Futurologist Friedman (America's Secret War, 2004, etc.) entertainingly explains how America will bestride the world during this century. Prophecy, whether by astrologers, science-fiction writers or geopoliticians, has a dismal track record, but readers will enjoy this steady stream of clever historical analogies, economic analyses and startling demographic data. He dismisses America's obsession with the war on terrorism. Al-Qaeda, he explains, aims to recreate a united, Ottoman-like Islamic empire. To thwart this, the United States has merely to sustain the present disunity of Muslim nations. Win or lose, when we withdraw from Iraq and Afghanistan over the next decade, the region will remain satisfyingly chaotic, and America can turn its attention elsewhere. There will be plenty to occupy us. Our leading economic rival, China, will implode, its dazzling growth ending in a crash just as Japan's did in the 1990s. But while Japan's stable society has endured during nearly 20 years of economic depression, China's rigid leadership and fractious regionalism cannot tolerate such stress, and the nation will fragment. A reviving Russia will try to reestablish defensible borders in Eastern Europe and the Caucasus, but shrinking population and reliance on natural resources for wealth doom it to failure and collapse. Japan, Turkey and Poland will fill the vacuum. For these predictions, Friedman relies heavily on a trend that will jolt most readers. The population explosion is ending, he writes; after 2050 advanced nations will need massive immigration to fill jobs and support their aging citizenry. This will provide another boost for America, which has always been friendlier to immigrants than Europe or Japan. Also, Mexico will become a great power. Few readers will buy all the prognostications, but most will agree that the author makes a reasonable case, backed with vast knowledge of geopolitics delivered in accessible prose. Copyright Kirkus Reviews, used with permission.

Copyright (c) Kirkus Reviews, used with permission.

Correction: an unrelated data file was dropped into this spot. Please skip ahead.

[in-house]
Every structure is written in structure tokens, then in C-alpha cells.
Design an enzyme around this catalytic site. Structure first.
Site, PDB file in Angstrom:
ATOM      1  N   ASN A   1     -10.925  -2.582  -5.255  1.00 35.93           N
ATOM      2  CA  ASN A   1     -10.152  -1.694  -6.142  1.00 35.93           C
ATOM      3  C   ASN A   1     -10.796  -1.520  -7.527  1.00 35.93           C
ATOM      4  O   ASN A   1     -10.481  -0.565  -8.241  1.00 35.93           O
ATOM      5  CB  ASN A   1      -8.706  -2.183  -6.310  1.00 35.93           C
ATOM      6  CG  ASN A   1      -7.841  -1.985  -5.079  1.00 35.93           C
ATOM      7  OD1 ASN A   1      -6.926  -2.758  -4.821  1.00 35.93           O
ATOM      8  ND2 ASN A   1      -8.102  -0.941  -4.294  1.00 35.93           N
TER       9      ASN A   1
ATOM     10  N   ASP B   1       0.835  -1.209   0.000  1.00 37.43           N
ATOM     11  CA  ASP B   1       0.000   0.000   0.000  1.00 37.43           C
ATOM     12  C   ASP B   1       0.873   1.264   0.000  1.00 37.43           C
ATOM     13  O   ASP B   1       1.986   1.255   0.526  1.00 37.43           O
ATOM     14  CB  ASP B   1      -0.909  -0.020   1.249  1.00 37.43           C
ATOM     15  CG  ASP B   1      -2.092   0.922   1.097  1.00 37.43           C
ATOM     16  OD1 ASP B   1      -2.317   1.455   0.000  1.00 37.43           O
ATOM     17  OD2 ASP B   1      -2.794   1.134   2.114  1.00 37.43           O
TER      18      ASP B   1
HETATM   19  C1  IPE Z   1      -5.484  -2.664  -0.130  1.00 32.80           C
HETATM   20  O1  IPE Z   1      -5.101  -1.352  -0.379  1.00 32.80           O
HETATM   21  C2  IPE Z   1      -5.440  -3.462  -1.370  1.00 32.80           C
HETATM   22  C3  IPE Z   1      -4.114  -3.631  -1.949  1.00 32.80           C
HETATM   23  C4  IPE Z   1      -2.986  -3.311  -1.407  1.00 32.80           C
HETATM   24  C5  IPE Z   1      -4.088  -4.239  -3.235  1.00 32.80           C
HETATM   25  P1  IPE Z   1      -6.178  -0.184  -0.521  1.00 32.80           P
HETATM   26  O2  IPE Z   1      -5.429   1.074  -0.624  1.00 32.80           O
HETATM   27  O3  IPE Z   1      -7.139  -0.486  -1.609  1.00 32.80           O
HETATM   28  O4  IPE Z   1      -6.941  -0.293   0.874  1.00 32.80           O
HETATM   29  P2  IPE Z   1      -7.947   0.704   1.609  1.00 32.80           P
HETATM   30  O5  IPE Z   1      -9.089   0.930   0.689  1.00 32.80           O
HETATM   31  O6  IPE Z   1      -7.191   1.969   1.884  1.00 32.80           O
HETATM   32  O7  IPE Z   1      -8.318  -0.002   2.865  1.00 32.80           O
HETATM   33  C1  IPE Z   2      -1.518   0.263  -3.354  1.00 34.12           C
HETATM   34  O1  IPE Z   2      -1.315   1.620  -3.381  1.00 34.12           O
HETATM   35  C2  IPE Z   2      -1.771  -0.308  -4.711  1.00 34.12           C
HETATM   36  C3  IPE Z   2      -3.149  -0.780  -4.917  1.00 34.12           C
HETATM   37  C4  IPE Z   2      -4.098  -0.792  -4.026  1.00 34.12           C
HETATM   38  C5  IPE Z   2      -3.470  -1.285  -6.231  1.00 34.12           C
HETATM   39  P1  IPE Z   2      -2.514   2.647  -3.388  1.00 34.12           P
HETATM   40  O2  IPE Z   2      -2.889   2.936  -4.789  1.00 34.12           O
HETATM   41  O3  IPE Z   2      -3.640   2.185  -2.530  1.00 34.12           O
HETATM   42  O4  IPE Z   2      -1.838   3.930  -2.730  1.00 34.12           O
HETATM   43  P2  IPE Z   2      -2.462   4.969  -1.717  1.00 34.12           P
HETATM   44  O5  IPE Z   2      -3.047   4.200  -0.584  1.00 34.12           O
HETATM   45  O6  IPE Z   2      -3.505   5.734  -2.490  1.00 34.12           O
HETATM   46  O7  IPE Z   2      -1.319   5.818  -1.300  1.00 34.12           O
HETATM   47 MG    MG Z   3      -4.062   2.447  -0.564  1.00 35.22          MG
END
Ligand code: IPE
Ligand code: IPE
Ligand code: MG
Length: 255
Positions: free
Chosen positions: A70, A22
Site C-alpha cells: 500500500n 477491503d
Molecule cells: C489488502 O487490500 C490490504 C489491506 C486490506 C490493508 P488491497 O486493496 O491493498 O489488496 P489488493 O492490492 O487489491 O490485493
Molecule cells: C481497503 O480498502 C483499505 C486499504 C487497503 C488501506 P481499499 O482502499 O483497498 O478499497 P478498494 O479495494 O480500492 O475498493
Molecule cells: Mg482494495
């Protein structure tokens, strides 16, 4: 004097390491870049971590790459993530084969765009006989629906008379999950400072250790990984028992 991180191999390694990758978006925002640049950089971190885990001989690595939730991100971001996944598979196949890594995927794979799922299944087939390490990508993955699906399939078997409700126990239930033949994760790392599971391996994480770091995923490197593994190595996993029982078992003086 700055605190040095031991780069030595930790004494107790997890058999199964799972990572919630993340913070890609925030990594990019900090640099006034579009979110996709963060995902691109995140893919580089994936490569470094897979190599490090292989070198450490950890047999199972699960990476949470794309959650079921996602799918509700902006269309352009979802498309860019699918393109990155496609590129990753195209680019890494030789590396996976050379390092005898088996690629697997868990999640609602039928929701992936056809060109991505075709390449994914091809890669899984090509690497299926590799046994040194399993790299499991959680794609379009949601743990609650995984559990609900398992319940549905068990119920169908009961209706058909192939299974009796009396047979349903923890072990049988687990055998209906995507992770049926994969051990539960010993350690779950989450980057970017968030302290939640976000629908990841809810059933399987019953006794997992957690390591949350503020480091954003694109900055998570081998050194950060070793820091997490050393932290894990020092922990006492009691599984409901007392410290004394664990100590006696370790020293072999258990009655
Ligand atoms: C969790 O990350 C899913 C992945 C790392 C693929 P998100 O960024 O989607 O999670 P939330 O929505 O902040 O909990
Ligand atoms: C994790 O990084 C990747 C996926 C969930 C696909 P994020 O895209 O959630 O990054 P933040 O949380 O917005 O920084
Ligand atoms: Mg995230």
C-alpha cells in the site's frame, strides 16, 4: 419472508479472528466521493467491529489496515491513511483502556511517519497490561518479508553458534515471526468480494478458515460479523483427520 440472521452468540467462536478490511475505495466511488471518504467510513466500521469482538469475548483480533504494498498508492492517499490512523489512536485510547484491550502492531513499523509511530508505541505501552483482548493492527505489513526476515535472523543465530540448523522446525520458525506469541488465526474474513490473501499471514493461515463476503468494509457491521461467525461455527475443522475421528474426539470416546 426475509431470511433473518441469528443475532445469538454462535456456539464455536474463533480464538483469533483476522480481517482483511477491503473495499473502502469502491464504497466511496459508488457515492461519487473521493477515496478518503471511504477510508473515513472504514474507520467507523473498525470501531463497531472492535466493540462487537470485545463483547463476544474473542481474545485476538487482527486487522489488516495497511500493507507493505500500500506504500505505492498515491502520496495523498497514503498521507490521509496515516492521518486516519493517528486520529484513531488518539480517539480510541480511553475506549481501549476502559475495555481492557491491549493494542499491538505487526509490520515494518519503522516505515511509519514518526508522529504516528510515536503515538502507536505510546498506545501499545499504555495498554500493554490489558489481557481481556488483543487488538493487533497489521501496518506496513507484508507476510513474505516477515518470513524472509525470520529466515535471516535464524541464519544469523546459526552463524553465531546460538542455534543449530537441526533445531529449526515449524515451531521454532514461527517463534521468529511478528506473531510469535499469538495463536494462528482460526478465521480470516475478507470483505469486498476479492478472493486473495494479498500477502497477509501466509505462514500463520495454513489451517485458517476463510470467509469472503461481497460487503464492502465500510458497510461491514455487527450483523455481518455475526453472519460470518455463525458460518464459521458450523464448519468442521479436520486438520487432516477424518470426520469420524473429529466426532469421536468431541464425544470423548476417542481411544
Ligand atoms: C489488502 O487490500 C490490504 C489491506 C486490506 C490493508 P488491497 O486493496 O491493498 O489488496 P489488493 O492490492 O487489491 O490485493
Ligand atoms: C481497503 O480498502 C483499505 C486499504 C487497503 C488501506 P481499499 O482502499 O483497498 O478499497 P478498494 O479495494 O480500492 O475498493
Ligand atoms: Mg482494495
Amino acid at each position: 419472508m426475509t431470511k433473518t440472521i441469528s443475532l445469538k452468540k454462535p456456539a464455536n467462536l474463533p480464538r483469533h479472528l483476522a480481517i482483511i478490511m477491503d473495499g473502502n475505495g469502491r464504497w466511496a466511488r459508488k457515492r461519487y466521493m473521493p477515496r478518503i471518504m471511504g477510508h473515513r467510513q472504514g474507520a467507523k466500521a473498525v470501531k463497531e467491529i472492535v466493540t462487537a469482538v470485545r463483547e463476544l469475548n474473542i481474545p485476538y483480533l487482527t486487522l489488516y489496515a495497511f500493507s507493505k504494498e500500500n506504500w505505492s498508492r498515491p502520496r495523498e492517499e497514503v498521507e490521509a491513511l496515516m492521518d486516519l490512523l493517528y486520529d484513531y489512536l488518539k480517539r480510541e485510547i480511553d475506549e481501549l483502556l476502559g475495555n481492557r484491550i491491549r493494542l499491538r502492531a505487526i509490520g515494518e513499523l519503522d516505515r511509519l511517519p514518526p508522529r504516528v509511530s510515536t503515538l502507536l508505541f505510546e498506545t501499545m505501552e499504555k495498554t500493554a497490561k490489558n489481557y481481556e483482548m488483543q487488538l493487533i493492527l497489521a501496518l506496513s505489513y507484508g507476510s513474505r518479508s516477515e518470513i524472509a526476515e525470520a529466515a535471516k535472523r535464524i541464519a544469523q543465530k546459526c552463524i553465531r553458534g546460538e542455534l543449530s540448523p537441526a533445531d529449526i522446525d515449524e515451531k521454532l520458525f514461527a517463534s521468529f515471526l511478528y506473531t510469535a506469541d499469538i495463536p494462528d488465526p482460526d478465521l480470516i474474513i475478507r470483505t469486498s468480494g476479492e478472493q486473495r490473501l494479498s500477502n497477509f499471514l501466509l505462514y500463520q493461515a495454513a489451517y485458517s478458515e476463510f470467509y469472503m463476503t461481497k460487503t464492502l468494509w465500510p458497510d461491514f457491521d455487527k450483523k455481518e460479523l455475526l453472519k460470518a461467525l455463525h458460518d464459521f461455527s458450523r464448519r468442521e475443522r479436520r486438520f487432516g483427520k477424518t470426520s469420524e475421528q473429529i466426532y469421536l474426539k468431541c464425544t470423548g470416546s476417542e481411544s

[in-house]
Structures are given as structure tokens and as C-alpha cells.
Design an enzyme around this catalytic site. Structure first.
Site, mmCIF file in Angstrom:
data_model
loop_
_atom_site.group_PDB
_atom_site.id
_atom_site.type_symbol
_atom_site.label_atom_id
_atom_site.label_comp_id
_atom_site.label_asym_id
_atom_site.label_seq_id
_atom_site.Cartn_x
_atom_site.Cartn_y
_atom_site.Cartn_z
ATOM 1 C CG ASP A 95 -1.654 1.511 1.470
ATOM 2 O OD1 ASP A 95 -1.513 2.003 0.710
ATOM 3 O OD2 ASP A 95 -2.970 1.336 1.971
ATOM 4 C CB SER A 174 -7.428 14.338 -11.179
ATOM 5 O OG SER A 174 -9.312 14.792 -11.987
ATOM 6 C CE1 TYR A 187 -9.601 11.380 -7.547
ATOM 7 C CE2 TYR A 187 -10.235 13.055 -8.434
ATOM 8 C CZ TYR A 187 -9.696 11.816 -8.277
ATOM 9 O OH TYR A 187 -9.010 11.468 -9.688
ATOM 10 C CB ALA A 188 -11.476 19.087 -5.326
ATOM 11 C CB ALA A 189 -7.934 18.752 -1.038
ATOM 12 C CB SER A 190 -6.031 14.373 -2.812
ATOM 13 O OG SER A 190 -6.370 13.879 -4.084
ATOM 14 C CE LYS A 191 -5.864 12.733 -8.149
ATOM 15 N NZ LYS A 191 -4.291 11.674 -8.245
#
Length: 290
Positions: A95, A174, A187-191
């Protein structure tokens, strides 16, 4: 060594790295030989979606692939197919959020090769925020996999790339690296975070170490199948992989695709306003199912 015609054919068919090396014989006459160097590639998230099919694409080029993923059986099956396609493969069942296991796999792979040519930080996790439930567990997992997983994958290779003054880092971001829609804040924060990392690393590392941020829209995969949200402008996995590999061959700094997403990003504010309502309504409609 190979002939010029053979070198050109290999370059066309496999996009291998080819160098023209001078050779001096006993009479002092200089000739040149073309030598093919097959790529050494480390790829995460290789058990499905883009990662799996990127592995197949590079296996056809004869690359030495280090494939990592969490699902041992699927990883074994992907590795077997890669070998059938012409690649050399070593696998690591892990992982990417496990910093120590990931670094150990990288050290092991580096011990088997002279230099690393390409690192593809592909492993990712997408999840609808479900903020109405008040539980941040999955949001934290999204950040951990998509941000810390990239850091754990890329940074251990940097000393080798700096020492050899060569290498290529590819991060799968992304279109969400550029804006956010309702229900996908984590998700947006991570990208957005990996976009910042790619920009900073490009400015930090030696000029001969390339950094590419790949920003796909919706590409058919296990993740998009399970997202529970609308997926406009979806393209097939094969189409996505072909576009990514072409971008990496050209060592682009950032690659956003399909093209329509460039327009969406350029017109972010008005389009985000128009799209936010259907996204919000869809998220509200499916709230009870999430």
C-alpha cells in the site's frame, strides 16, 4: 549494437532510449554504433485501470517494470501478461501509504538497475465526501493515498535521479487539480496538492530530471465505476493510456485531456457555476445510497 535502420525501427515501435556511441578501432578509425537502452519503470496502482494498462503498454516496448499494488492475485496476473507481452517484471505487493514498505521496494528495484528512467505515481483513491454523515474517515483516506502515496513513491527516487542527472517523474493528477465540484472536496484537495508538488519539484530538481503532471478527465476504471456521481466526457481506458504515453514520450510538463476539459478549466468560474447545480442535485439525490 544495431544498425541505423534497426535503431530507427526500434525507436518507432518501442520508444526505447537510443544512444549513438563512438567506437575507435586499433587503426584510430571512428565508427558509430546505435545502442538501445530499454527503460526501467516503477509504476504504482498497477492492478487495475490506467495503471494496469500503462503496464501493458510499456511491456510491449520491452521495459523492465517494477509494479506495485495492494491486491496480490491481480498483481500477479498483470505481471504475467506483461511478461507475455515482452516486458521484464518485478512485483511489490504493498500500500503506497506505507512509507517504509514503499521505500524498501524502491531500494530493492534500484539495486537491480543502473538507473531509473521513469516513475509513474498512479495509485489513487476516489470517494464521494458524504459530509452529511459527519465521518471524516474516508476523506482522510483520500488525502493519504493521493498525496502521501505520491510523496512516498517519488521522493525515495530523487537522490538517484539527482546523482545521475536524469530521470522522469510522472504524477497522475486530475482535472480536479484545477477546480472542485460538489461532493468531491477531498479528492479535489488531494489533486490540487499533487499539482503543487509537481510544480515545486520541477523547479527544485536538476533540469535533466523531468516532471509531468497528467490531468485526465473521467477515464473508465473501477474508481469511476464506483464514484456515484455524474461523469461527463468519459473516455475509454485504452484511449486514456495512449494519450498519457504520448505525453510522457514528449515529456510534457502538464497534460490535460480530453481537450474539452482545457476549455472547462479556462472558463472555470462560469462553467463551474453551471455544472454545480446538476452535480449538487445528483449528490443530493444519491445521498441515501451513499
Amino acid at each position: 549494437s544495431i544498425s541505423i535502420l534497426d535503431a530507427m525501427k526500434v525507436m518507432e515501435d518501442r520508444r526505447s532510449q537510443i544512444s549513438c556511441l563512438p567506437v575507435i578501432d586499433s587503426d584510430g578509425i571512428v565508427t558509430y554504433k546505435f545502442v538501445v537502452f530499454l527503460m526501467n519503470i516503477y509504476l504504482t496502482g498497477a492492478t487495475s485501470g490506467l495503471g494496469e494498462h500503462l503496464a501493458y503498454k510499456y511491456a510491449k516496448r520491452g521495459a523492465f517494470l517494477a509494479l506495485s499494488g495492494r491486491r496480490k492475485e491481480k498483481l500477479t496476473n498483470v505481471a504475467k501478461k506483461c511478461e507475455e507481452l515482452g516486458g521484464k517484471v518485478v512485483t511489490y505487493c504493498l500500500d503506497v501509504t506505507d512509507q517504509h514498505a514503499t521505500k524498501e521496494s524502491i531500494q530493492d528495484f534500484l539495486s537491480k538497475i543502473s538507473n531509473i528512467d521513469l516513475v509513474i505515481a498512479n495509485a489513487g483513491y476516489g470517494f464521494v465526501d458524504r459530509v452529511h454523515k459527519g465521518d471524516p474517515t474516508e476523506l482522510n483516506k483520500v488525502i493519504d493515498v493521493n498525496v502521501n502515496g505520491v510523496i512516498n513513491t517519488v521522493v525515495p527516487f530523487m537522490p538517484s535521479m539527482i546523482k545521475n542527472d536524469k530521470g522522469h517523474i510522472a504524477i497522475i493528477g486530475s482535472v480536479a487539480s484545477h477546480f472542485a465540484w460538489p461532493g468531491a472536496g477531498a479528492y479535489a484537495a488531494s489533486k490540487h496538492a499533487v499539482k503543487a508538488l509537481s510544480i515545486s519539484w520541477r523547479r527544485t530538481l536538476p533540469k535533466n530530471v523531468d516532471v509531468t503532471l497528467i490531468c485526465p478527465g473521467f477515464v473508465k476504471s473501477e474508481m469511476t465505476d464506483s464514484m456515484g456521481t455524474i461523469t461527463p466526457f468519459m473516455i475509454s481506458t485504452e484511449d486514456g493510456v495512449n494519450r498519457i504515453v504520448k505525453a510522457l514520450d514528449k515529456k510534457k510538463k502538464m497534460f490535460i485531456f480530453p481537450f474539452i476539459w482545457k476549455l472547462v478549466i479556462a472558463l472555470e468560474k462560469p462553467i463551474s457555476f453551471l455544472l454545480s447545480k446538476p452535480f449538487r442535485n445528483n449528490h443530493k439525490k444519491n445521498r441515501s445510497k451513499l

CHAPTER 1 The Dawn of the American Age There is a deep-seated belief in America that the United States is approaching the eve of its destruction. Read letters to the editor, peruse the Web, and listen to public discourse. Disastrous wars, uncontrolled deficits, high gasoline prices, shootings at universities, corruption in business and government, and an endless litany of other shortcomings--all of them quite real--create a sense that the American dream has been shattered and that America is past its prime. If that doesn't convince you, listen to Europeans. They will assure you that America's best day is behind it. The odd thing is that all of this foreboding was present during the presidency of Richard Nixon, together with many of the same issues. There is a continual fear that American power and prosperity are illusory, and that disaster is just around the corner. The sense transcends ideology. Environmentalists and Christian conservatives are both delivering the same message. Unless we repent of our ways, we will pay the price--and it may be too late already. It's interesting to note that the nation that believes in its manifest destiny has not only a sense of impending disaster but a nagging feeling that the country simply isn't what it used to be. We have a deep sense of nostalgia for the 1950s as a "simpler" time. This is quite a strange belief. With the Korean War and McCarthy at one end, Little Rock in the middle, and Sputnik and Berlin at the other end, and the very real threat of nuclear war throughout, the 1950s was actually a time of intense anxiety and foreboding. A widely read book published in the 1950s was entitled The Age of Anxiety. In the 1950s, they looked back nostalgically at an earlier America, just as we look back nostalgically at the 1950s. American culture is the manic combination of exultant hubris and profound gloom. The net result is a sense of confidence constantly undermined by the fear that we may be drowned by melting ice caps caused by global warming or smitten dead by a wrathful God for gay marriage, both outcomes being our personal responsibility. American mood swings make it hard to develop a real sense of the United States at the beginning of the twenty-first century. But the fact is that the United States is stunningly powerful. It may be that it is heading for a catastrophe, but it is hard to see one when you look at the basic facts. Let's consider some illuminating figures. Americans constitute about 4 percent of the world's population but produce about 26 percent of all goods and services. In 2007 U.S. gross domestic product was about $14 trillion, compared to the world's GDP of $54 trillion--about 26 percent of the world's economic activity takes place in the United States. The next largest economy in the world is Japan's, with a GDP of about $4.4 trillion--about a third the size of ours. The American economy is so huge that it is larger than the economies of the next four countries combined: Japan, Germany, China, and the United Kingdom. Many people point at the declining auto and steel industries, which a generation ago were the mainstays of the American economy, as examples of a current deindustrialization of the United States. Certainly, a lot of industry has moved overseas. That has left the United States with industrial production of only $2.8 trillion (in 2006): the largest in the world, more than twice the size of the next largest industrial power, Japan, and larger than Japan's and China's industries combined. There is talk of oil shortages, which certainly seem to exist and will undoubtedly increase. However, it is important to realize that the United States produced 8.3 million barrels of oil every day in 2006. Compare that with 9.7 million for Russia and 10.7 million for Saudi Arabia. U.S. oil production is 85 percent that of Saudi Arabia. The United States produces more oil than Iran, Kuwait, or the United Arab Emirates. I Excerpted from The Next 100 Years: A Forecast for the 21st Century by George Friedman All rights reserved by the original copyright owners. Excerpts are provided for display purposes only and may not be reproduced, reprinted or distributed without the written permission of the publisher.